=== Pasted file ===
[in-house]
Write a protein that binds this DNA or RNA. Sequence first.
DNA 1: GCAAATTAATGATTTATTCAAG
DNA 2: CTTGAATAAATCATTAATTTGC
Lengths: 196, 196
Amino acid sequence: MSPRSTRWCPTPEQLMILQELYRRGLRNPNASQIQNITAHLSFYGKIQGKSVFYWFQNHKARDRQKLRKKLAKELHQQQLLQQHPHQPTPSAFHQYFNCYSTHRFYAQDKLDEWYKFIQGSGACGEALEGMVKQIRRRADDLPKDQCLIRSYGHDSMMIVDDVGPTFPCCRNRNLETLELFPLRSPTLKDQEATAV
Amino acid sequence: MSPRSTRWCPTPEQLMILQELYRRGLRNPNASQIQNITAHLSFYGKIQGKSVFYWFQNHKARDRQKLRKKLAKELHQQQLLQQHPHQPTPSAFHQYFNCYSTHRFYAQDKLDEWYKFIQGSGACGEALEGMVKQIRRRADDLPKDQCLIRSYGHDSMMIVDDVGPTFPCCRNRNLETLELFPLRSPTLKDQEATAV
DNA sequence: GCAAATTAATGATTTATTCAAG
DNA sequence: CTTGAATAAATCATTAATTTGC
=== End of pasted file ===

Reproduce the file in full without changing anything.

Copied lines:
[in-house]
Write a protein that binds this DNA or RNA. Sequence first.
DNA 1: GCAAATTAATGATTTATTCAAG
DNA 2: CTTGAATAAATCATTAATTTGC
Lengths: 196, 196
Amino acid sequence: MSPRSTRWCPTPEQLMILQELYRRGLRNPNASQIQNITAHLSFYGKIQGKSVFYWFQNHKARDRQKLRKKLAKELHQQQLLQQHPHQPTPSAFHQYFNCYSTHRFYAQDKLDEWYKFIQGSGACGEALEGMVKQIRRRADDLPKDQCLIRSYGHDSMMIVDDVGPTFPCCRNRNLETLELFPLRSPTLKDQEATAV
Amino acid sequence: MSPRSTRWCPTPEQLMILQELYRRGLRNPNASQIQNITAHLSFYGKIQGKSVFYWFQNHKARDRQKLRKKLAKELHQQQLLQQHPHQPTPSAFHQYFNCYSTHRFYAQDKLDEWYKFIQGSGACGEALEGMVKQIRRRADDLPKDQCLIRSYGHDSMMIVDDVGPTFPCCRNRNLETLELFPLRSPTLKDQEATAV
DNA sequence: GCAAATTAATGATTTATTCAAG
DNA sequence: CTTGAATAAATCATTAATTTGC